Monday, January 25, 2010

'Brown Effect' aligns tea party movement with moderates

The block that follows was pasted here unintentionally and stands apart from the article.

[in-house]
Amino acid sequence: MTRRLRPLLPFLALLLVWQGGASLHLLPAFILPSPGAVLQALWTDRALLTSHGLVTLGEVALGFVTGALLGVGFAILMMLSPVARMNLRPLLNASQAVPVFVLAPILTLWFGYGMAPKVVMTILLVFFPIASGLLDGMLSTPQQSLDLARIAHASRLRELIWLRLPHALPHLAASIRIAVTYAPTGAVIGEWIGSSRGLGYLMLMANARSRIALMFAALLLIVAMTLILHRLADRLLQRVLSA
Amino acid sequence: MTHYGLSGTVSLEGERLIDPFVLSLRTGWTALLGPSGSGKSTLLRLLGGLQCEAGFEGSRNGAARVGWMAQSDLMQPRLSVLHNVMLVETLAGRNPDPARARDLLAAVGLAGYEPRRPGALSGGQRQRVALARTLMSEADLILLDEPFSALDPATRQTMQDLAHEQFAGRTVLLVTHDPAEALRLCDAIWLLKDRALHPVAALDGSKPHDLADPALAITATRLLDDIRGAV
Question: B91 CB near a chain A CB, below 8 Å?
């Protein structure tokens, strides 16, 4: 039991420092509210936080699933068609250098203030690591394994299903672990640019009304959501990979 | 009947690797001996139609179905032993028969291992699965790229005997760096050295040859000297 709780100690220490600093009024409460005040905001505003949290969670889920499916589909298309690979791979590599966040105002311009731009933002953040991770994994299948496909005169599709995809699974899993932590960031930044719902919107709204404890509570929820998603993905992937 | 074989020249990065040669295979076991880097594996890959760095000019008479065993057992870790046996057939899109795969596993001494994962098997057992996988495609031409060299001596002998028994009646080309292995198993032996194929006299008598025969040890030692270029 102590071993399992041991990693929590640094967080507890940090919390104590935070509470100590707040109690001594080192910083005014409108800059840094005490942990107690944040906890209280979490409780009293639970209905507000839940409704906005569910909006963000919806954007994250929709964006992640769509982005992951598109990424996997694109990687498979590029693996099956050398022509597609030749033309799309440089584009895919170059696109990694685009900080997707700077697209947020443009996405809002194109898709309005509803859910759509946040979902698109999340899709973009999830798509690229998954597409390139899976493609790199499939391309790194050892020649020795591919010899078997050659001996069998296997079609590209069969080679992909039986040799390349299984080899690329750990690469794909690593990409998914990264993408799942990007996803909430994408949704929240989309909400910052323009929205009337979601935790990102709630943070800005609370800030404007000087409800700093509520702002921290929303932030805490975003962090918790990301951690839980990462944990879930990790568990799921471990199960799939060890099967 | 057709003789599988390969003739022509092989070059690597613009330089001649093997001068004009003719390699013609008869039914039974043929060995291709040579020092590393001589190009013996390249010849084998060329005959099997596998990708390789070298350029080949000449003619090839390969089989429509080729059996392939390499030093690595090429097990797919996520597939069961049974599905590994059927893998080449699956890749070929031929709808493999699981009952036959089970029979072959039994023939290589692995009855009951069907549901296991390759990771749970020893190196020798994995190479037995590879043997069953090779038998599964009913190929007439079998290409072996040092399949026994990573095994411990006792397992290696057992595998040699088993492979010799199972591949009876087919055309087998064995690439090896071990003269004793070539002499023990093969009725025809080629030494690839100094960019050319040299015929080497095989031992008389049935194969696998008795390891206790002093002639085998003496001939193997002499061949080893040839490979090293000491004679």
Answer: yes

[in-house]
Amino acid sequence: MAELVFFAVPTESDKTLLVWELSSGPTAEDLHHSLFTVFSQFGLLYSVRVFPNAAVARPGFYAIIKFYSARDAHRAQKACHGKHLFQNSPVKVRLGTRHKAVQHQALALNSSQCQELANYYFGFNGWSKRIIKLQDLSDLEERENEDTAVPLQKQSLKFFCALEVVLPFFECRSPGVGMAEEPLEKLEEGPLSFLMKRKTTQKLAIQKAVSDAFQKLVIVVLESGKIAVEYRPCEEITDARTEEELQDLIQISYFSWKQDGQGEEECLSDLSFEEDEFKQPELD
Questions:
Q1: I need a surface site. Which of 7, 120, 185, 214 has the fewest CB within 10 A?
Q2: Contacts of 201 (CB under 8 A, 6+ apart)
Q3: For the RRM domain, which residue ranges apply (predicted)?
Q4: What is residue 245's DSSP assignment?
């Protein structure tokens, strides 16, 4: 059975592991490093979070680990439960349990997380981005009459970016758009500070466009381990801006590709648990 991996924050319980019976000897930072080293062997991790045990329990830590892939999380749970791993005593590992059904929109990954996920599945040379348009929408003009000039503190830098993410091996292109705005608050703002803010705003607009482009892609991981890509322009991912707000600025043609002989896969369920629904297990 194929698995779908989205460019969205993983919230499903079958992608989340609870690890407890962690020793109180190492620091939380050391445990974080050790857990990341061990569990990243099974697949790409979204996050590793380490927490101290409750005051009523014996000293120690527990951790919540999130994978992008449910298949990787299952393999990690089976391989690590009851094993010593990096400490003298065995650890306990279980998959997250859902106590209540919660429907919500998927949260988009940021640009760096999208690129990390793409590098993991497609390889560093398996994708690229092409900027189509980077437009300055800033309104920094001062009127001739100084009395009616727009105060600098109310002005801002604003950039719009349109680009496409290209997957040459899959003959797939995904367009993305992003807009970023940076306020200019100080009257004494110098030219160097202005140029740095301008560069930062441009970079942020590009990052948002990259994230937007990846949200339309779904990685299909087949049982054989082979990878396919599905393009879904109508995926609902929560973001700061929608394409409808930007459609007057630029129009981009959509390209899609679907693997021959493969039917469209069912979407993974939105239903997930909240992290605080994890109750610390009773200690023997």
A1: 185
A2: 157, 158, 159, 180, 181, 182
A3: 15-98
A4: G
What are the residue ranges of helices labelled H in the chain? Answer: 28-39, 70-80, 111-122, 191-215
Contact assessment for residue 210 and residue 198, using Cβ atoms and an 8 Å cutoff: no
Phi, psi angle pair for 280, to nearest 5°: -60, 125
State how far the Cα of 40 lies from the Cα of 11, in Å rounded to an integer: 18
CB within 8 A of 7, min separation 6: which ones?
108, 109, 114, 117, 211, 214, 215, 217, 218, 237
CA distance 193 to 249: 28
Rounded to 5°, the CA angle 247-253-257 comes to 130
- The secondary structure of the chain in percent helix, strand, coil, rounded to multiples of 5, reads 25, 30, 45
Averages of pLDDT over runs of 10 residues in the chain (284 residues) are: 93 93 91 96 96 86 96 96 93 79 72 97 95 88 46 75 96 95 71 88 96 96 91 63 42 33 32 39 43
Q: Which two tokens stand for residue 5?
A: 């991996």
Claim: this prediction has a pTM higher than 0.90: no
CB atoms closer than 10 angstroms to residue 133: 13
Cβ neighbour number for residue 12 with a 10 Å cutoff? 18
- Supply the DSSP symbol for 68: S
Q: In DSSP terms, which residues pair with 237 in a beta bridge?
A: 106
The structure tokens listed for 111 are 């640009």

Scott Brown's victory spoils the fable of a death struggle pitting tea party populists and angry conservatives against moderates and the Republican hierarchy. That myth foresaw conservatives refusing to support candidates with even the slightest of moderate tendencies, dividing the party, and ruining its chances in the 2010 elections. In Massachusetts, conservatives preferred victory to purity. Brown is not a social conservative. He's pro-choice and, while supporting traditional marriage, believes "states should be free to make their own laws in this area." Yet conservatives and tea partiers joined moderates and independents in the Brown coalition. This was actually one of the smaller manifestations of the Brown Effect. The bigger ones include: An enormous psychological boost for Republicans of all stripes, a firm belief they can win anywhere, help in recruiting strong candidates and raising money for the midterms, the death of the Obama mystique, a critical 41st Republican vote in the Senate, and a stirring example of how to more

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